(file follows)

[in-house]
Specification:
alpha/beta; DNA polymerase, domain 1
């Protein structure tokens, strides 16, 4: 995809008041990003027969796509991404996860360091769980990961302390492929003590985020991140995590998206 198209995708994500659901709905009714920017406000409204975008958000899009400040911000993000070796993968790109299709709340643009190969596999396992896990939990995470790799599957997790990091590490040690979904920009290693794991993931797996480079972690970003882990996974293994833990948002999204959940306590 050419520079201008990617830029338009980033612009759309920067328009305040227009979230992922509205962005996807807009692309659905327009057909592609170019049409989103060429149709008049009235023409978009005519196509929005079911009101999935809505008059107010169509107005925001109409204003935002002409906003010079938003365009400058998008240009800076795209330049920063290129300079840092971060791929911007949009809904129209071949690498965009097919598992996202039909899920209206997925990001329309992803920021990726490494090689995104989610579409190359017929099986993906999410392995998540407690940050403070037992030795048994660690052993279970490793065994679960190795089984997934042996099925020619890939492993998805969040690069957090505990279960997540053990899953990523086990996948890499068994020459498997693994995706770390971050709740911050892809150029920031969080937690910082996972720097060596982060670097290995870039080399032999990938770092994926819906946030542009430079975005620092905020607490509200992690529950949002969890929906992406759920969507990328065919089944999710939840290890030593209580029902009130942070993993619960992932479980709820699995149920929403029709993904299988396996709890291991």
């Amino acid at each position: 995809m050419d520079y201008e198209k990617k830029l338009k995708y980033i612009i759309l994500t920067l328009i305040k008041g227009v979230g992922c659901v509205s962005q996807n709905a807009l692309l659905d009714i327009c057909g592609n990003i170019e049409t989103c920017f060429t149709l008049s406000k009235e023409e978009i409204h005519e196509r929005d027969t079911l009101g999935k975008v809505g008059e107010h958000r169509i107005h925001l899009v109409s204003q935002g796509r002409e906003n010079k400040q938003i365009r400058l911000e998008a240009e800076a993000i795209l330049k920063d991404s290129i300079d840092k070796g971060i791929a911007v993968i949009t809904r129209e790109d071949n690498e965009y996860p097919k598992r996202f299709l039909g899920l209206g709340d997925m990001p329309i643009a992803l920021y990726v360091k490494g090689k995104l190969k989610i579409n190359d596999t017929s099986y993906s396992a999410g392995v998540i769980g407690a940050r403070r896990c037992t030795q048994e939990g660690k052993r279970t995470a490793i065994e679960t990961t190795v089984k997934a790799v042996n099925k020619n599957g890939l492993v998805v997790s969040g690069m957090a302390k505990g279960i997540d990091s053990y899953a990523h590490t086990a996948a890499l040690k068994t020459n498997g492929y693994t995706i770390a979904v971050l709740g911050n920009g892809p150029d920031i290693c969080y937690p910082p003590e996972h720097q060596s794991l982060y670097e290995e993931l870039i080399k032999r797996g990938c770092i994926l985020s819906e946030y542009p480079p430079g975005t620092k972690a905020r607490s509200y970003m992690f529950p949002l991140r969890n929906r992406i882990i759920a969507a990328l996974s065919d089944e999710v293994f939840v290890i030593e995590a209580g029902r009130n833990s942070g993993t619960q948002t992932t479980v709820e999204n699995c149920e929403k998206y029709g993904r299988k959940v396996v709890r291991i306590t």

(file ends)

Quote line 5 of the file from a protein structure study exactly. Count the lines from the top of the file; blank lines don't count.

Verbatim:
């Amino acid at each position: 995809m050419d520079y201008e198209k990617k830029l338009k995708y980033i612009i759309l994500t920067l328009i305040k008041g227009v979230g992922c659901v509205s962005q996807n709905a807009l692309l659905d009714i327009c057909g592609n990003i170019e049409t989103c920017f060429t149709l008049s406000k009235e023409e978009i409204h005519e196509r929005d027969t079911l009101g999935k975008v809505g008059e107010h958000r169509i107005h925001l899009v109409s204003q935002g796509r002409e906003n010079k400040q938003i365009r400058l911000e998008a240009e800076a993000i795209l330049k920063d991404s290129i300079d840092k070796g971060i791929a911007v993968i949009t809904r129209e790109d071949n690498e965009y996860p097919k598992r996202f299709l039909g899920l209206g709340d997925m990001p329309i643009a992803l920021y990726v360091k490494g090689k995104l190969k989610i579409n190359d596999t017929s099986y993906s396992a999410g392995v998540i769980g407690a940050r403070r896990c037992t030795q048994e939990g660690k052993r279970t995470a490793i065994e679960t990961t190795v089984k997934a790799v042996n099925k020619n599957g890939l492993v998805v997790s969040g690069m957090a302390k505990g279960i997540d990091s053990y899953a990523h590490t086990a996948a890499l040690k068994t020459n498997g492929y693994t995706i770390a979904v971050l709740g911050n920009g892809p150029d920031i290693c969080y937690p910082p003590e996972h720097q060596s794991l982060y670097e290995e993931l870039i080399k032999r797996g990938c770092i994926l985020s819906e946030y542009p480079p430079g975005t620092k972690a905020r607490s509200y970003m992690f529950p949002l991140r969890n929906r992406i882990i759920a969507a990328l996974s065919d089944e999710v293994f939840v290890i030593e995590a209580g029902r009130n833990s942070g993993t619960q948002t992932t479980v709820e999204n699995c149920e929403k998206y029709g993904r299988k959940v396996v709890r291991i306590t």